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Legends of Port Norris

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Back to Legends of Port Norris


Thomas Hand

b. 1818 - d. 1890

Research shows that Thomas Hand was born in 1818 possibly in the West Creek area. As a young man of 17, he sailed a boat from the Maurice River to Philadelphia for Richard Robbins. (Notice that these are still familiar names in our area). After a few years, Thomas bought his own boat and eventually became the owner of several boats.

Around 1850, he bought 8000 acres of marsh land. At this time, there were only 20-30 houses in Port Norris. Ever the entrepreneur, Thomas opened a grocery store in town. Later he established a Ship Chandlery in Bivalve. He started several other businesses including the only marine railway in town for the purpose of repairing boats.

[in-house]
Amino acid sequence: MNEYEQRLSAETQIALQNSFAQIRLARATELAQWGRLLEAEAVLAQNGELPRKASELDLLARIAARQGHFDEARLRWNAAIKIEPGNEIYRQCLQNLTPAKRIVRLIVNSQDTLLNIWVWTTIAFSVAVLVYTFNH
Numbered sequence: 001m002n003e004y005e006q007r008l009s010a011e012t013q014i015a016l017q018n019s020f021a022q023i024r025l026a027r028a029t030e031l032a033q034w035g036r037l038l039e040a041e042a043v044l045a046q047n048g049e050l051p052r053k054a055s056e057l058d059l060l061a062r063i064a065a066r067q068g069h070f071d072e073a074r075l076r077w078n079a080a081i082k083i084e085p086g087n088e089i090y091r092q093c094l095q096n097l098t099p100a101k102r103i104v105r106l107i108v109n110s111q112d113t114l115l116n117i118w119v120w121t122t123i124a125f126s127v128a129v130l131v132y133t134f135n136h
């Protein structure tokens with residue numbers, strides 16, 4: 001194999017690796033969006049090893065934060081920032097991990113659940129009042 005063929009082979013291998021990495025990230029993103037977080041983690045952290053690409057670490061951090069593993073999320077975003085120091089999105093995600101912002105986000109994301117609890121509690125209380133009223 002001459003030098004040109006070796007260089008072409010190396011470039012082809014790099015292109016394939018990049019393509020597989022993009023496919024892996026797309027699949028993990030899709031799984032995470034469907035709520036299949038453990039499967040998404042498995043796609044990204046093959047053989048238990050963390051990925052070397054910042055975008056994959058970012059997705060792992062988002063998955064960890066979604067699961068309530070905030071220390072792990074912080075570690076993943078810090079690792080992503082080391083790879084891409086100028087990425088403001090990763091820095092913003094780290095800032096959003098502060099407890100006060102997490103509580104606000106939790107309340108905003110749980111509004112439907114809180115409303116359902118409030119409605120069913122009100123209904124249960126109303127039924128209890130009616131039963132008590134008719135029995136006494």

Once established, he served on the Board of Freeholders for 15 years. At the time of his death in 1890 he still owned 18 houses in Port Norris.

His son,Thomas Hand, Jr, and a brother or cousin John Collins Hand carried on the businesses and together they had a large oyster shipping business as well.

Among the properties sold were a corner property to the Port Norris Methodist Church in 1868 and acreage to the Cumberland & Maurice River Railroad in 1883.

Two years ago a friend of the society sent a beautiful certificate made out to Thomas Hand, Jr. It is numbered, dated 1899 and signed by John Quincy Adams. We were excited and thought we might have a valuable treasure. Actually these certificates were issued by the hundreds to anyone who donated $10.00 to the Betsy Ross Restoration foundation in Philadelphia. We discovered that it is valued at about $60 because it is in such beautiful shape but to us it has great value. Our friend is the great granddaughter of Thomas Hand, Jr, the granddaughter of Linda and Harvey Hand and the daughter of Marjorie Blackman. Her name is Ethalinda Blackman. Tommy Hollinger bought the Hand homestead on Main Street and is now refurbishing it.

Thomas had a sister Mary Jane Hand who married Dick Smith’s great grandfather Henry… How closely our history is tied to our past.

 

 


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